The film received generally positive reviews upon release, garnering a 73% "Fresh" rating on www.rottentomatoes.com[12]. Roger Ebert gave the film 3 1/2 stars out of 4, saying "the stunts all look convincing, and the effect of the closing sequence is exhilarating... Licence to Kill is one of the best of the recent Bonds.[13]" James Berardinelli gave the film three stars out of four; in reference to the poor box office, he stated, "Licence to Kill may be taut and gripping, but it's not traditional Bond, and that, as much as any other reason, may explain the public's rejection of this reasonably well-constructed picture."[14] Director John Glen says it is his best Bond film.[1]

Adaptations

1989 British Coronet Books paperback edition.

The novelisation of the Licence to Kill screenplay was the first since Moonraker in 1979. Then-current Bond series novelist John Gardner novelised the Michael G. Wilson-Richard Maibaum screenplay — a great challenge, because his stories follow Fleming's continuity (albeit updated); Felix Leiter already had lost an arm and a leg to a shark in the Live and Let Die novel, an incident recycled in Licence to Kill. Resultantly, in the chapter "Lightning Sometimes Strikes Twice", the novelisation requires reader acceptance of Bond dealing with Leiter's twice being maimed by a shark; however, Gardner does not attempt to reconcile the presence of Milton Krest, (who was murdered in The Hildebrand Rarity short story).

The relatively faithful novelisation adds detail to resolve some issues around the film's more fantastic elements, notably explaining the unrealistic behaviour of the 'Stinger missiles' on-screen. It also differs from the script in places: (i) Bond uses a Walther P38K, not a Walther PPK (as in the film), because SIS had replaced it, a fact in Gardner's Bond novels; (ii) Q has an extra scene (occurring while Bond is at Sánchez's Olimpatec Meditation Institute), wherein he joins a police captain in raiding Sánchez's house. Although he then had written eight Bond novels, the novelisation was Gardner's first work featuring Q; before Licence to Kill, Q was heard of, not seen in his novels, having been replaced by his assistant, Ann Reilly, Q'ute. The novelised Licence to Kill story occurs before Win, Lose or Die, wherein Bond is promoted to Captain (in the novelisation and the film, Bond is a Commander).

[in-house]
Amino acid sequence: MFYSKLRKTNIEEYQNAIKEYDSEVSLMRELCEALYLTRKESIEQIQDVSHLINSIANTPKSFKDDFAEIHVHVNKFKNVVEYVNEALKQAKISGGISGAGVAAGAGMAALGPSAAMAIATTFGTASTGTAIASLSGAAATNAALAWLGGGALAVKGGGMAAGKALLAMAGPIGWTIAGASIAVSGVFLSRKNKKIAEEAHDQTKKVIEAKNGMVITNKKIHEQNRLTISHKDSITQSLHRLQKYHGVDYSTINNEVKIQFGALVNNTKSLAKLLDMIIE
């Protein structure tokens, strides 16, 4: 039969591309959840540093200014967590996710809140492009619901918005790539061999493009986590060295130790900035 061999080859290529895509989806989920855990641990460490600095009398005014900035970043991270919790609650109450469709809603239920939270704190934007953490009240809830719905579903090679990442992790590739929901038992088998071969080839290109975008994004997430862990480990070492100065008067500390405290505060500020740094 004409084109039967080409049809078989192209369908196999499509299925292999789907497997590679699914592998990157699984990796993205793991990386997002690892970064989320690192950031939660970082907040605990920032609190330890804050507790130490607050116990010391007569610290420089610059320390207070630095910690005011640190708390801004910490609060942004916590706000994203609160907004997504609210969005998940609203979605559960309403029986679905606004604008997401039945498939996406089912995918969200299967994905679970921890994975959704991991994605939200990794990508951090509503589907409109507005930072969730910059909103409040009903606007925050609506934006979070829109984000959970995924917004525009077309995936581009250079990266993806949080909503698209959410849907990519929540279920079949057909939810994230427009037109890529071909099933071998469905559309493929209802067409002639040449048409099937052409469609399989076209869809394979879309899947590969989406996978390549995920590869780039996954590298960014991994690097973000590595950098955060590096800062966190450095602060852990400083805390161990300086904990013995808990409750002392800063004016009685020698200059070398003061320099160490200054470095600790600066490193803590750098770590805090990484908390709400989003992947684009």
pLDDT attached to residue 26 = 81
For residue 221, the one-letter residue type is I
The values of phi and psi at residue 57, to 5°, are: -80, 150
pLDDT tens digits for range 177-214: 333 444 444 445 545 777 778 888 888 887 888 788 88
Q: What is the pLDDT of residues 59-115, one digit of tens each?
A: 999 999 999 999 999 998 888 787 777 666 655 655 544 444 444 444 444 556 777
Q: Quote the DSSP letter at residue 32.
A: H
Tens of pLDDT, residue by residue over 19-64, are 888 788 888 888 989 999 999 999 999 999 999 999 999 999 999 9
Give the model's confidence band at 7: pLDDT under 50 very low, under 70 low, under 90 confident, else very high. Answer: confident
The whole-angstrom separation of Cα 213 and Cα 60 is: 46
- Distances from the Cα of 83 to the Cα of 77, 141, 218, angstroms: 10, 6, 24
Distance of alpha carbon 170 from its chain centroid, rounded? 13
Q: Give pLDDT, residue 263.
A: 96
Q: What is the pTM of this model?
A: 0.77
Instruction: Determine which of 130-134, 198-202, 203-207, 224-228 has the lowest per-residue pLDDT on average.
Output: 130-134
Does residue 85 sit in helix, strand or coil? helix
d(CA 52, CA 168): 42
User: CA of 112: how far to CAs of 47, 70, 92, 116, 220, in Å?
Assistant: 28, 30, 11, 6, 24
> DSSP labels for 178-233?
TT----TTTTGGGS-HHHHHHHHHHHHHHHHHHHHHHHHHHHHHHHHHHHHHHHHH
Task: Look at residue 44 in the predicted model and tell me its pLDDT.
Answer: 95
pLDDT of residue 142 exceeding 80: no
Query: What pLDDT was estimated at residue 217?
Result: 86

Licence to Kill was adapted as a forty-four page, colour graphic novel, by writer and artist Mike Grell (also author of original-story Bond comic books), published by Eclipse Comics and ACME Presss in hardcover and trade editions in 1989. The adaptation closely follows the film story, although the ending is briefer, and James Bond is not drawn to resemble Timothy Dalton.[15]

References

Bibliography

  • Glen, John For My Eyes Only. London: B.T. Batsford Ltd, 2001. ISBN 0-713-48671-6
  • Hibbin, Sally The Making of Licence to Kill. London: Hamlyn Publishing Group Ltd, 1989. ISBN 0-600-56352-9

External links

Preceded by
The Living Daylights
James Bond Films
1989
Succeeded by
GoldenEye

Quotes

Up to date as of January 14, 2010
(Redirected to James Bond (film series) article)

From Wikiquote

The James Bond film series deals with the British author Ian Fleming's best-known character, MI6 agent James Bond, also known as agent 007. He has been portrayed, as of 2008, by six actors in the following 22 official films from EON Productions started by film producers Albert R. Broccoli and Harry Saltzman.

See also

  • Ian Fleming, author of the original James Bond novels and stories
  • James Bond 007: Nightfire, a video game

This is a disambiguation page; that is, one that points to other pages that might otherwise have the same name. If you followed a link here, you might want to go back and fix that link to point to the appropriate specific page.